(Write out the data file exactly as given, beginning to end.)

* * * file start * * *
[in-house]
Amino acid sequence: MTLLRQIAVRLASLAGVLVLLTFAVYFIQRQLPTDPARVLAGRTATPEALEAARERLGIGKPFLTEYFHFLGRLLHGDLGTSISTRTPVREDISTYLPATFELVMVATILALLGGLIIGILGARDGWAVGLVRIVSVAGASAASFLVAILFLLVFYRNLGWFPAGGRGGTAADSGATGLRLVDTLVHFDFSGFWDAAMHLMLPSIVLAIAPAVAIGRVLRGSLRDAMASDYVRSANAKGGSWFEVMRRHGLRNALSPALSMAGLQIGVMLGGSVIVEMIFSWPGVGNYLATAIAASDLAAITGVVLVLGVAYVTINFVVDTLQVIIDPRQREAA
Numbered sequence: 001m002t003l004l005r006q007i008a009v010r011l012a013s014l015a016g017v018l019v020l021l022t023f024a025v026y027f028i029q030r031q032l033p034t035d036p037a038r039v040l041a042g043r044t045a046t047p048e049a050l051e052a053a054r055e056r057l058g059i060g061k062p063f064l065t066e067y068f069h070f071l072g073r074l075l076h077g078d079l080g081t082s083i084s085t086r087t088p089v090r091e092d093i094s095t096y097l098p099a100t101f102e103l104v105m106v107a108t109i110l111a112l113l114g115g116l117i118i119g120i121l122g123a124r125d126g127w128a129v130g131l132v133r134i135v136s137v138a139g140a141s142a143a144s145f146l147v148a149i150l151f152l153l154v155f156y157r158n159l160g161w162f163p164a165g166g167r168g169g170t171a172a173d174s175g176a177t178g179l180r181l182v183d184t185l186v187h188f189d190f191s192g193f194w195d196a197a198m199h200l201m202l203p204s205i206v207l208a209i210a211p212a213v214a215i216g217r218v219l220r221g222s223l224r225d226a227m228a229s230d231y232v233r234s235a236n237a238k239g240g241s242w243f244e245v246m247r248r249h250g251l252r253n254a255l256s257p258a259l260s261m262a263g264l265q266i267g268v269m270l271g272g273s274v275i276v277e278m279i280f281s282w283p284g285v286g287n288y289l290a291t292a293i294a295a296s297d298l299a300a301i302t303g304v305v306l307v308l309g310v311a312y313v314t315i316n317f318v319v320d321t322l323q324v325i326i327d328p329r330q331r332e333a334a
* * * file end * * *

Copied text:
[in-house]
Amino acid sequence: MTLLRQIAVRLASLAGVLVLLTFAVYFIQRQLPTDPARVLAGRTATPEALEAARERLGIGKPFLTEYFHFLGRLLHGDLGTSISTRTPVREDISTYLPATFELVMVATILALLGGLIIGILGARDGWAVGLVRIVSVAGASAASFLVAILFLLVFYRNLGWFPAGGRGGTAADSGATGLRLVDTLVHFDFSGFWDAAMHLMLPSIVLAIAPAVAIGRVLRGSLRDAMASDYVRSANAKGGSWFEVMRRHGLRNALSPALSMAGLQIGVMLGGSVIVEMIFSWPGVGNYLATAIAASDLAAITGVVLVLGVAYVTINFVVDTLQVIIDPRQREAA
Numbered sequence: 001m002t003l004l005r006q007i008a009v010r011l012a013s014l015a016g017v018l019v020l021l022t023f024a025v026y027f028i029q030r031q032l033p034t035d036p037a038r039v040l041a042g043r044t045a046t047p048e049a050l051e052a053a054r055e056r057l058g059i060g061k062p063f064l065t066e067y068f069h070f071l072g073r074l075l076h077g078d079l080g081t082s083i084s085t086r087t088p089v090r091e092d093i094s095t096y097l098p099a100t101f102e103l104v105m106v107a108t109i110l111a112l113l114g115g116l117i118i119g120i121l122g123a124r125d126g127w128a129v130g131l132v133r134i135v136s137v138a139g140a141s142a143a144s145f146l147v148a149i150l151f152l153l154v155f156y157r158n159l160g161w162f163p164a165g166g167r168g169g170t171a172a173d174s175g176a177t178g179l180r181l182v183d184t185l186v187h188f189d190f191s192g193f194w195d196a197a198m199h200l201m202l203p204s205i206v207l208a209i210a211p212a213v214a215i216g217r218v219l220r221g222s223l224r225d226a227m228a229s230d231y232v233r234s235a236n237a238k239g240g241s242w243f244e245v246m247r248r249h250g251l252r253n254a255l256s257p258a259l260s261m262a263g264l265q266i267g268v269m270l271g272g273s274v275i276v277e278m279i280f281s282w283p284g285v286g287n288y289l290a291t292a293i294a295a296s297d298l299a300a301i302t303g304v305v306l307v308l309g310v311a312y313v314t315i316n317f318v319v320d321t322l323q324v325i326i327d328p329r330q331r332e333a334a